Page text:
Yet Another Pitchers’ Duel

May 5, 2010 – 11:03 am

NYY 4, Baltimore 1. Poor Brian Matusz needs to find someone other than the NY Yankees and A.J. Burnett to pitch against. For the second time in the last week, Matusz faced A.J., with pretty much the exact same results. Both times he’s gone six innings and given up just three runs (the old “quality start”), and all he’s got to show for it is two losses. A.J. had his curveball working as good as I’ve ever seen it, and the result was 1 R 0 ER 5 H over 7.1 innings. He’s off to one of his best starts ever (4-0 1.99 ERA), but I’m going to give it another month before I believe this is a new, improved version of A.J. If memory serves, last year Bad A.J. would show up about every third start, and he’s had two excellent back-to-back starts now, so his next start in Boston could be very revealing.

Cervelli To The DugoutThanks to A.J., the Yankees didn’t need much offense to win this one, and they sure didn’t get much either — although to be fair, a lot of that was due to the pitching of rookie Matusz, as noted. And once again, what offense there was came from the bottom of the order — with the six-thru-eight batters going 4-for-8 with two RBIs and all four of the Yankee runs. Francisco Cervelli led the way, going 3-for-3 with a triple, single, and sac bunt that started the scoring in all three innings that the Yankees did score in. All the so-called experts consider Cervelli to be nothing more than a backup catcher with good defensive skills but little offense — but from what I’ve seen so far last season and the first month of this season, he sure has me fooled what with a .387 BA so far this year. Plus his defense has been stellar (witness the diving catch in to the dugout last night), and he seems to call an excellent game from behind the plate — in ten starts so far, opponents are averaging just 2.3 RPG, and in six of those starts they’ve scored only one run or been shut out. And on top of that, he’s a fun kid to watch with a lot of enthusiasm. I love me some Jorge behind the plate, but Cervelli fills in more than nicely when called on.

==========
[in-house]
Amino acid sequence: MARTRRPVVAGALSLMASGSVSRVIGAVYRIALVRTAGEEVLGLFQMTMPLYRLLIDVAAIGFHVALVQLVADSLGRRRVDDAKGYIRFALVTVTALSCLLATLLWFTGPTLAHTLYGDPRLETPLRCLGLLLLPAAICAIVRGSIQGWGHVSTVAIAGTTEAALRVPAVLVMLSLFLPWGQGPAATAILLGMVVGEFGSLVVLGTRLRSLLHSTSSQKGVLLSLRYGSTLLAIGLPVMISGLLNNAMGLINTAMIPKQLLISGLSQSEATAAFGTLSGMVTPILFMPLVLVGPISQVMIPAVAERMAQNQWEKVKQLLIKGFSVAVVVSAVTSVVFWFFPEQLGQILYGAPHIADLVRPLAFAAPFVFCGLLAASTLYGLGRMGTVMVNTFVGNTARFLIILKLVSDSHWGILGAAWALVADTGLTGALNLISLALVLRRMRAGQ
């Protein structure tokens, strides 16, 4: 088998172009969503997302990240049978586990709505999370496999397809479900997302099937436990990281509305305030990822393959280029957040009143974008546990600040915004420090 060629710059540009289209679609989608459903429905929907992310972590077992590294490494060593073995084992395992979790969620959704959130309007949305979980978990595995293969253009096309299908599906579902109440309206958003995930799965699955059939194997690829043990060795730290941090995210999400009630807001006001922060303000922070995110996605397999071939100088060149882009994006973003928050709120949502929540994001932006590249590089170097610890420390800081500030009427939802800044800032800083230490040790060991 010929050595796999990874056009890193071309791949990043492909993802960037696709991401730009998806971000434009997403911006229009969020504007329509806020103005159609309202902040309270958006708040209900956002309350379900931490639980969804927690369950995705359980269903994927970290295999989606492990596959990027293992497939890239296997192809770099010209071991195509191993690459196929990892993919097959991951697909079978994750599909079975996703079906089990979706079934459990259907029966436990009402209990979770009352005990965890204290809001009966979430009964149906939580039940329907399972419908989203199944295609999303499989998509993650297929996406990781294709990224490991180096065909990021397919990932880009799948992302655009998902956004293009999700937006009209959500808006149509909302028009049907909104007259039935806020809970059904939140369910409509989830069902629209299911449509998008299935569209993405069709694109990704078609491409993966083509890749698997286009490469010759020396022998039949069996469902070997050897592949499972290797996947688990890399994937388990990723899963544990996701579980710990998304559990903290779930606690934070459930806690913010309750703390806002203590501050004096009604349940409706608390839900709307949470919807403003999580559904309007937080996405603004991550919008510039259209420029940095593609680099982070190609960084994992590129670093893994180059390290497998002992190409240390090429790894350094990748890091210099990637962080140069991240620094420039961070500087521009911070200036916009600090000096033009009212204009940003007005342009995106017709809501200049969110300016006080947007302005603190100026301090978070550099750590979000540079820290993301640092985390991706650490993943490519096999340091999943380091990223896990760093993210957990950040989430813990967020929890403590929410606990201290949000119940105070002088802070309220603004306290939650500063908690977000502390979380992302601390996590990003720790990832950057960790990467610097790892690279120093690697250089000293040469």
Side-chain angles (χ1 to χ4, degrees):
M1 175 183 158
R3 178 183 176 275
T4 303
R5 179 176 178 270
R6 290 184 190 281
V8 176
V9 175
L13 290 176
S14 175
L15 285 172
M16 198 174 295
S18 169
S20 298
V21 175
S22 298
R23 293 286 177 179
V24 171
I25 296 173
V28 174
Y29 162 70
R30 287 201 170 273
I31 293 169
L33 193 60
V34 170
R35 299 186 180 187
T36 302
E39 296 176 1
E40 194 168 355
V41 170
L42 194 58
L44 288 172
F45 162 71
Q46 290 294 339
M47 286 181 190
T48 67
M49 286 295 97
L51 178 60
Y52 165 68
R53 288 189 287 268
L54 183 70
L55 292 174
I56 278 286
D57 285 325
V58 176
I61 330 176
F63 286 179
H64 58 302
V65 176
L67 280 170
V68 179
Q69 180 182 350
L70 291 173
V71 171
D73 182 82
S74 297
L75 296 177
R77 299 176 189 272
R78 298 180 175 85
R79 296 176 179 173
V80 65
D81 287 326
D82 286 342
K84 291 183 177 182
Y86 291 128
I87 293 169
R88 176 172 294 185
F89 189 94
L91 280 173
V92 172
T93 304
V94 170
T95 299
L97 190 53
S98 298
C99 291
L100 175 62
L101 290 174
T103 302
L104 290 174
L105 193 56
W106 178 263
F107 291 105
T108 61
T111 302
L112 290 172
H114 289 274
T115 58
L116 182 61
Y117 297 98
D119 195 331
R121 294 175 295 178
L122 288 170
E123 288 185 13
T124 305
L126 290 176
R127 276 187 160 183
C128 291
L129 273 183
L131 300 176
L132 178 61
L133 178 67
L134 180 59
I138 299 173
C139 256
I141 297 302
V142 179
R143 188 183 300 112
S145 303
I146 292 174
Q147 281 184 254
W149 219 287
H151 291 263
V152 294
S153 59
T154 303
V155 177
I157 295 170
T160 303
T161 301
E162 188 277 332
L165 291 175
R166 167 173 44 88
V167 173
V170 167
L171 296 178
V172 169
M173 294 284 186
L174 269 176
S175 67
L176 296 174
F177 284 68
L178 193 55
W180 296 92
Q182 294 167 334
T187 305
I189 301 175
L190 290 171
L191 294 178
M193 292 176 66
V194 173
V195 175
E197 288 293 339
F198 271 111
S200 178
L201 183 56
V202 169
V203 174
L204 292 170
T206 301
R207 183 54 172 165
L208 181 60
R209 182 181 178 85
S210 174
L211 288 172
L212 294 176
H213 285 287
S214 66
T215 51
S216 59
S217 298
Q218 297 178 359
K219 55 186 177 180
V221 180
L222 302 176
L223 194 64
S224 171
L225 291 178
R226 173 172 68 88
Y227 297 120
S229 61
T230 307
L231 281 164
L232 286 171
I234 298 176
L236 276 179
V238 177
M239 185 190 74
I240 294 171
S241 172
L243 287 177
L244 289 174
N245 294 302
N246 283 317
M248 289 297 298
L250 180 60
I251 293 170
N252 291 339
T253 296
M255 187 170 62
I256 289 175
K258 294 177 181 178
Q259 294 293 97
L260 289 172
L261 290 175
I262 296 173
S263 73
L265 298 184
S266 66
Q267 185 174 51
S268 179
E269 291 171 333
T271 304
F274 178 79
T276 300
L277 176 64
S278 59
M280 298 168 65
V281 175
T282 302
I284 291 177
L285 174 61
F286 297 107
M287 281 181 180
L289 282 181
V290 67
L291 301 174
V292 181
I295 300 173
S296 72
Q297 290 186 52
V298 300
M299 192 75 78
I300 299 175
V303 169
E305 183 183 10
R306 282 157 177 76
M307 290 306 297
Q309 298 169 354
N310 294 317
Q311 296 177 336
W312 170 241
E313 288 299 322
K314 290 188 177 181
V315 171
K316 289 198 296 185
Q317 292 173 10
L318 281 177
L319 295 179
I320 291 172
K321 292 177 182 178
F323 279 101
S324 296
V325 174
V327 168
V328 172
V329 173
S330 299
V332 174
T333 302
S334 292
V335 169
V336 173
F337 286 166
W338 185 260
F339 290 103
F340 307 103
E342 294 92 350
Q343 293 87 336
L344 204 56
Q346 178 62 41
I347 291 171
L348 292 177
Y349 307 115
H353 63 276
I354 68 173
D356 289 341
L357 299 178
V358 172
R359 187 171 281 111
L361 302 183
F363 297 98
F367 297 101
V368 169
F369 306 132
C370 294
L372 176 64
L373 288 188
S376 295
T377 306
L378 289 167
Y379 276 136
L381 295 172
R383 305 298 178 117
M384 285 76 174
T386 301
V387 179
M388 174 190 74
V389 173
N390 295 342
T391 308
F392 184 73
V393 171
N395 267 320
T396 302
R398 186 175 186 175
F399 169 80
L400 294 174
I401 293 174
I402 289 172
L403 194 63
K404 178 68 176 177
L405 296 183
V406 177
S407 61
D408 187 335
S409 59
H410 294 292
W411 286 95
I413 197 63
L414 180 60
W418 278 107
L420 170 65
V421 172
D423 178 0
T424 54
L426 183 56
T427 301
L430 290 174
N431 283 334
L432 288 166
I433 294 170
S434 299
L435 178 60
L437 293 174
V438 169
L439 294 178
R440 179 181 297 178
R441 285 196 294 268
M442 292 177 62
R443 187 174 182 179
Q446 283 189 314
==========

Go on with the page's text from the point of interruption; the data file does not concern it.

Photo: NY Post

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